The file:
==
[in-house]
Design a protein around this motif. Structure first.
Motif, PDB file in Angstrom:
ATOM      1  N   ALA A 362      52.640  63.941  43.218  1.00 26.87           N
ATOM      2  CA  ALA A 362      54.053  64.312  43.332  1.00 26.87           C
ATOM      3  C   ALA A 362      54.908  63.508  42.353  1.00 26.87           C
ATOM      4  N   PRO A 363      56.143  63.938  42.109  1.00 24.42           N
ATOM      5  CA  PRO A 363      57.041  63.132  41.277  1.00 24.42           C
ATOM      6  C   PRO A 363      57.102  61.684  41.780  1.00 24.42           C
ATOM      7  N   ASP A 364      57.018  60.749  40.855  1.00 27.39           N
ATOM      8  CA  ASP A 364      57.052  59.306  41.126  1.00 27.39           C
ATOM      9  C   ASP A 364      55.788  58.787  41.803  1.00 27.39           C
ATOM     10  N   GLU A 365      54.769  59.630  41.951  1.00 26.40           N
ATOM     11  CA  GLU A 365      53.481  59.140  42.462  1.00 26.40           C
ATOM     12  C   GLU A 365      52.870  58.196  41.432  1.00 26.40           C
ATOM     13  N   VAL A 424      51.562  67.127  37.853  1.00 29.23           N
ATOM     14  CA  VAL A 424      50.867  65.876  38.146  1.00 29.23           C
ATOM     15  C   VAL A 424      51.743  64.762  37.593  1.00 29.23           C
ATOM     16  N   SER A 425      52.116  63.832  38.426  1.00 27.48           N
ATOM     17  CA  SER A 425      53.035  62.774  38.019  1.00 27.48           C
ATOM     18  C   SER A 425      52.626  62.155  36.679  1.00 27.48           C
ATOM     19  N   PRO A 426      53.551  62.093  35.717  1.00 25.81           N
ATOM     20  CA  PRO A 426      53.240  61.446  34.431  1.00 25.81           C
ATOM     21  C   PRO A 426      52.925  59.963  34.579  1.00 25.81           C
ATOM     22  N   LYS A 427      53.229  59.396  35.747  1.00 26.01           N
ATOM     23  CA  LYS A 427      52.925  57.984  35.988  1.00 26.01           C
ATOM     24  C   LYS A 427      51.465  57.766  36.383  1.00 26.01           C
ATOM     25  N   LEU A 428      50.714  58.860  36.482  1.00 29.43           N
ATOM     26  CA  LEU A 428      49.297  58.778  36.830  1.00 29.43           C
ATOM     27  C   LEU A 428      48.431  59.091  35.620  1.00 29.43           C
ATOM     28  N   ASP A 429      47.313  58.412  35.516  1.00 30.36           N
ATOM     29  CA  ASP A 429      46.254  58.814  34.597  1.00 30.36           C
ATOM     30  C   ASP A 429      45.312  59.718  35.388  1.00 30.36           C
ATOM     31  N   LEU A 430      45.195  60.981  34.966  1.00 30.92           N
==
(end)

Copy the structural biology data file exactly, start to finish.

[in-house]
Design a protein around this motif. Structure first.
Motif, PDB file in Angstrom:
ATOM      1  N   ALA A 362      52.640  63.941  43.218  1.00 26.87           N
ATOM      2  CA  ALA A 362      54.053  64.312  43.332  1.00 26.87           C
ATOM      3  C   ALA A 362      54.908  63.508  42.353  1.00 26.87           C
ATOM      4  N   PRO A 363      56.143  63.938  42.109  1.00 24.42           N
ATOM      5  CA  PRO A 363      57.041  63.132  41.277  1.00 24.42           C
ATOM      6  C   PRO A 363      57.102  61.684  41.780  1.00 24.42           C
ATOM      7  N   ASP A 364      57.018  60.749  40.855  1.00 27.39           N
ATOM      8  CA  ASP A 364      57.052  59.306  41.126  1.00 27.39           C
ATOM      9  C   ASP A 364      55.788  58.787  41.803  1.00 27.39           C
ATOM     10  N   GLU A 365      54.769  59.630  41.951  1.00 26.40           N
ATOM     11  CA  GLU A 365      53.481  59.140  42.462  1.00 26.40           C
ATOM     12  C   GLU A 365      52.870  58.196  41.432  1.00 26.40           C
ATOM     13  N   VAL A 424      51.562  67.127  37.853  1.00 29.23           N
ATOM     14  CA  VAL A 424      50.867  65.876  38.146  1.00 29.23           C
ATOM     15  C   VAL A 424      51.743  64.762  37.593  1.00 29.23           C
ATOM     16  N   SER A 425      52.116  63.832  38.426  1.00 27.48           N
ATOM     17  CA  SER A 425      53.035  62.774  38.019  1.00 27.48           C
ATOM     18  C   SER A 425      52.626  62.155  36.679  1.00 27.48           C
ATOM     19  N   PRO A 426      53.551  62.093  35.717  1.00 25.81           N
ATOM     20  CA  PRO A 426      53.240  61.446  34.431  1.00 25.81           C
ATOM     21  C   PRO A 426      52.925  59.963  34.579  1.00 25.81           C
ATOM     22  N   LYS A 427      53.229  59.396  35.747  1.00 26.01           N
ATOM     23  CA  LYS A 427      52.925  57.984  35.988  1.00 26.01           C
ATOM     24  C   LYS A 427      51.465  57.766  36.383  1.00 26.01           C
ATOM     25  N   LEU A 428      50.714  58.860  36.482  1.00 29.43           N
ATOM     26  CA  LEU A 428      49.297  58.778  36.830  1.00 29.43           C
ATOM     27  C   LEU A 428      48.431  59.091  35.620  1.00 29.43           C
ATOM     28  N   ASP A 429      47.313  58.412  35.516  1.00 30.36           N
ATOM     29  CA  ASP A 429      46.254  58.814  34.597  1.00 30.36           C
ATOM     30  C   ASP A 429      45.312  59.718  35.388  1.00 30.36           C
ATOM     31  N   LEU A 430      45.195  60.981  34.966  1.00 30.92           N